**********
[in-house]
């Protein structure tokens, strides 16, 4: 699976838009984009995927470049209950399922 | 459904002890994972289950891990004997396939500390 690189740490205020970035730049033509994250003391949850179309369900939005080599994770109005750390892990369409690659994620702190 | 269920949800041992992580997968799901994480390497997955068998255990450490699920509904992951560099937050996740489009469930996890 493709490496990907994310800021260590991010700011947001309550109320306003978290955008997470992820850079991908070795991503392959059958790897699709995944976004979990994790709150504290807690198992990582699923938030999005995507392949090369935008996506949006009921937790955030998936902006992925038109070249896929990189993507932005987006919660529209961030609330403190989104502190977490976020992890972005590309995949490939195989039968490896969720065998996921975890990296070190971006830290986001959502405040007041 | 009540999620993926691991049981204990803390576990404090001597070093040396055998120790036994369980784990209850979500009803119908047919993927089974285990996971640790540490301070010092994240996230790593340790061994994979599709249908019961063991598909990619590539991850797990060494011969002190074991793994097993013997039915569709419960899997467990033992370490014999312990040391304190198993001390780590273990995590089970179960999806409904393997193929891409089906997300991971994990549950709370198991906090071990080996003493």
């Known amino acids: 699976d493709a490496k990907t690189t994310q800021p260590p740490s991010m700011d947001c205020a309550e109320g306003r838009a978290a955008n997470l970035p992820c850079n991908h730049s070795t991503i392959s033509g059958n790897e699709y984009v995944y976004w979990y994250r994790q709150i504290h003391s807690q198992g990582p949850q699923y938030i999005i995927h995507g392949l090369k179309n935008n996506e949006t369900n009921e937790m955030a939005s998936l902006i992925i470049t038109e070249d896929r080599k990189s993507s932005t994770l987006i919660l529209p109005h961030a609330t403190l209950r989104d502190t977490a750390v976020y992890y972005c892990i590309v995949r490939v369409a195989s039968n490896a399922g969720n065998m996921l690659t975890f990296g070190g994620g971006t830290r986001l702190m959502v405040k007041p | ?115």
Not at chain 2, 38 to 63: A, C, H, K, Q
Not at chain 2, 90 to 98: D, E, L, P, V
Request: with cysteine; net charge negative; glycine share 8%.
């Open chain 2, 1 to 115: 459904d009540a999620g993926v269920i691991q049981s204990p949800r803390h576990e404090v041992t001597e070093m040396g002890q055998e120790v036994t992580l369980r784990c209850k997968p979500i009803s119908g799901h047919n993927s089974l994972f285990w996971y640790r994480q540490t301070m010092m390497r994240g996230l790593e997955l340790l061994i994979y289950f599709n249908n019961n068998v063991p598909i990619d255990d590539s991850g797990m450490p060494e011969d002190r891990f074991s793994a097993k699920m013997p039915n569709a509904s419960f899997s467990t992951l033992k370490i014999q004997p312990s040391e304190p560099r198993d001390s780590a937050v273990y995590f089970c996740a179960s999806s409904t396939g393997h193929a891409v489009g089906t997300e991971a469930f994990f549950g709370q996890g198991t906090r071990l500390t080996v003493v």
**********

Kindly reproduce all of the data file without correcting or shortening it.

[in-house]
């Protein structure tokens, strides 16, 4: 699976838009984009995927470049209950399922 | 459904002890994972289950891990004997396939500390 690189740490205020970035730049033509994250003391949850179309369900939005080599994770109005750390892990369409690659994620702190 | 269920949800041992992580997968799901994480390497997955068998255990450490699920509904992951560099937050996740489009469930996890 493709490496990907994310800021260590991010700011947001309550109320306003978290955008997470992820850079991908070795991503392959059958790897699709995944976004979990994790709150504290807690198992990582699923938030999005995507392949090369935008996506949006009921937790955030998936902006992925038109070249896929990189993507932005987006919660529209961030609330403190989104502190977490976020992890972005590309995949490939195989039968490896969720065998996921975890990296070190971006830290986001959502405040007041 | 009540999620993926691991049981204990803390576990404090001597070093040396055998120790036994369980784990209850979500009803119908047919993927089974285990996971640790540490301070010092994240996230790593340790061994994979599709249908019961063991598909990619590539991850797990060494011969002190074991793994097993013997039915569709419960899997467990033992370490014999312990040391304190198993001390780590273990995590089970179960999806409904393997193929891409089906997300991971994990549950709370198991906090071990080996003493």
């Known amino acids: 699976d493709a490496k990907t690189t994310q800021p260590p740490s991010m700011d947001c205020a309550e109320g306003r838009a978290a955008n997470l970035p992820c850079n991908h730049s070795t991503i392959s033509g059958n790897e699709y984009v995944y976004w979990y994250r994790q709150i504290h003391s807690q198992g990582p949850q699923y938030i999005i995927h995507g392949l090369k179309n935008n996506e949006t369900n009921e937790m955030a939005s998936l902006i992925i470049t038109e070249d896929r080599k990189s993507s932005t994770l987006i919660l529209p109005h961030a609330t403190l209950r989104d502190t977490a750390v976020y992890y972005c892990i590309v995949r490939v369409a195989s039968n490896a399922g969720n065998m996921l690659t975890f990296g070190g994620g971006t830290r986001l702190m959502v405040k007041p | ?115």
Not at chain 2, 38 to 63: A, C, H, K, Q
Not at chain 2, 90 to 98: D, E, L, P, V
Request: with cysteine; net charge negative; glycine share 8%.
């Open chain 2, 1 to 115: 459904d009540a999620g993926v269920i691991q049981s204990p949800r803390h576990e404090v041992t001597e070093m040396g002890q055998e120790v036994t992580l369980r784990c209850k997968p979500i009803s119908g799901h047919n993927s089974l994972f285990w996971y640790r994480q540490t301070m010092m390497r994240g996230l790593e997955l340790l061994i994979y289950f599709n249908n019961n068998v063991p598909i990619d255990d590539s991850g797990m450490p060494e011969d002190r891990f074991s793994a097993k699920m013997p039915n569709a509904s419960f899997s467990t992951l033992k370490i014999q004997p312990s040391e304190p560099r198993d001390s780590a937050v273990y995590f089970c996740a179960s999806s409904t396939g393997h193929a891409v489009g089906t997300e991971a469930f994990f549950g709370q996890g198991t906090r071990l500390t080996v003493v």